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Latest Health News: Healthy Eating is Affordable

Sweet Decisions Berries and Doughnuts fr by Pink Sherbet Photography, on Flickr
Creative Commons Attribution 2.0 Generic Licenseby  Pink Sherbet Photography 

A recent study about nutrition is making a lot of headlines this month. The news is not so much a nutritional breakthrough as a rethinking of an old idea. While some consider the USDA study just a new way to crunch nutritional data, it may contribute to a major shift in how we view the cost of being healthy.

The report concluded that eating healthy food is more cost effective than eating poorly. It’s a conclusion that debunks accepted wisdom that it’s cheaper to eat a diet loaded with sugar and fat than it is to eat more nutritious food. Such assumptions, based on calorie-to-calorie comparisons, have been supported by previous studies, including one conducted by the University of Washington Nutritional Science Program in 2010, and has led many to point the finger at a broken food system that particularly affects low income families. Unhealthy foods full of calories – like cereals, pastries and fast food – could be purchased cheaply, while the price-per-calorie of fruits or vegetables was much higher in comparison, stated previous studies. Poor eating habits were understandable, if unfortunate, because it was the cost-effective choice.

The USDA study could begin to change this way of thinking.

The Study 

According to the USDA report, “fruits and vegetables are often cheaper when you calculate the cost in a smarter way.” This new calculation was the result of researching 4,000 foods and analyzing price per calorie, price by weight, and price by average amount consumed. Previous calculations that guided the “junk food is cheaper” conclusion measured only price per calorie. Researchers found that fruits and vegetables were cheaper when taking into account the amount of vitamins and minerals they provide – that is, they give more “bang for the buck”. In addition, more satisfaction can be derived by higher amounts, One article about the USDA study shows a plate of nutritious food (broccoli and berries) compared with calorically comparable junk food amounts like M&Ms and chips. The amounts of nutritious food dwarf the junk food portions. The message is that healthier food is the better value after all.

In fact, before the onslaught of headlines this month, Mark Bittman wrote an article for the New York Times that questioned this entrenched idea that junk is more affordable. (We talked about his article in a previous post.) Like the researchers cited in the USDA study, he mentions beans and lentils as inexpensive foods that provide high nutrition, high volume, and serve as great nutritional meat alternatives. Bittman also cites roasted chicken, rice, pasta, other grains, and vegetables as less expensive alternatives to cheaper fast or processed food, arguing against the idea that grass-fed meat and high priced organics are the only ways to eat healthier.

A Crack in Food’s “New Calculation”?

By all accounts, nutrition is the best way to avoid health problems, prevent disease, and reduce the myriad issues that accompany weight gain. But previous conclusions about the high cost of staying healthy have been reiterated thousands of times in writings and discussions about the health crisis. Understanding more about food and its nutritional and monetary value by looking at it in a new way – with a “smarter calculation” – may indeed provide a way to break us out of a learned helplessness when it comes to eating better.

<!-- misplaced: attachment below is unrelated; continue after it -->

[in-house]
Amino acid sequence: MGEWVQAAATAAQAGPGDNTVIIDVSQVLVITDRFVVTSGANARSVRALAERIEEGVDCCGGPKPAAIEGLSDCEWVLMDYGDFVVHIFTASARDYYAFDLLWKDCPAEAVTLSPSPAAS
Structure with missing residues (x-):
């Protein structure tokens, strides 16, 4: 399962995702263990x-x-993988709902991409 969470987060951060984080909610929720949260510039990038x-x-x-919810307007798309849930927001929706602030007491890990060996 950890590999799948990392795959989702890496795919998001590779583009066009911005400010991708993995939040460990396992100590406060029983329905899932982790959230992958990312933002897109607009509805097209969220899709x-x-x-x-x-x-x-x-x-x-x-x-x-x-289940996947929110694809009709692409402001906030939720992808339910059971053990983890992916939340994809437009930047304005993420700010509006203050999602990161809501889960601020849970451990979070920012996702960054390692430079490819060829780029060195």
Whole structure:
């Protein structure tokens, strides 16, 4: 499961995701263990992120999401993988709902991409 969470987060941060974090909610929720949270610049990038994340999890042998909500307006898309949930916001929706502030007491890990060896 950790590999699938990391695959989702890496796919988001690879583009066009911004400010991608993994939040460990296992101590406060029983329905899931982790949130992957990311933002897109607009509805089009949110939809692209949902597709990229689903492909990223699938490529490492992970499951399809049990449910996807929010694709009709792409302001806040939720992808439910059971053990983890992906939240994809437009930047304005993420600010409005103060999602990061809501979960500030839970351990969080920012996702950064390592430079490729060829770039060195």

At the same time, the study does not factor in crucial elements that lead to that value – like cooking. That roasted chicken with lentils may be pound smart, but it doesn’t calculate for preparation time or for the knowledge about how to cook. It neglects to take into consideration that we must 1) understand the importance of nutrition and how to get it,  2) know how to cook and prepare real food, and 3) have the time it takes to do it for ourselves and our families.

Also, the reality of nutrition is that better food must be available. The growth of supermarkets in urban areas and farmer’s markets is encouraging. Improved cafeterias are changing the health of our kids. Health efforts for employees that include distributing menus from places that offer fresh foods and spending lunch breaks walking has changed the health habits in many workplaces. But the “fast food mile” we drive by on the way home from a long work day can destroy good eating habits, even when money is not an issue. Good food must be available for us to have the option to choose it, and its availability must slowly replace the abundance of poor food choices in our homes, schools, and communities.

Changing Food Value By Buying Frozen 

With news of the new food value calculation, the mention of frozen surfaces over and over again. Taking advantage of frozen fruits and vegetables is one of the easiest ways we can significantly change how we invest in our health. Here’s why:

  • Frozen fruits and veggies are just as nutritious as fresh if not more. Understand why that is.
  • Frozen means nutritious foods like wild blueberries, one of the highest antioxidant foods there is, are available every day of the year, at your supermarket and in your freezer.
  • Frozen can be purchased affordably in bulk. Buy a bulk bag of a frozen fruit or vegetable, and it stays for weeks in your freezer. That means there is no waste, a major contributor to rising food bills.
  • There is no prep. Frozen is easy to use and cook with.

How do you weigh in on food values? What’s the most appropriate way to measure the cost of a meal? Should food by measured by calorie or by portion size? What’s the most nutritious meal you can make on the cheap? Let us know.

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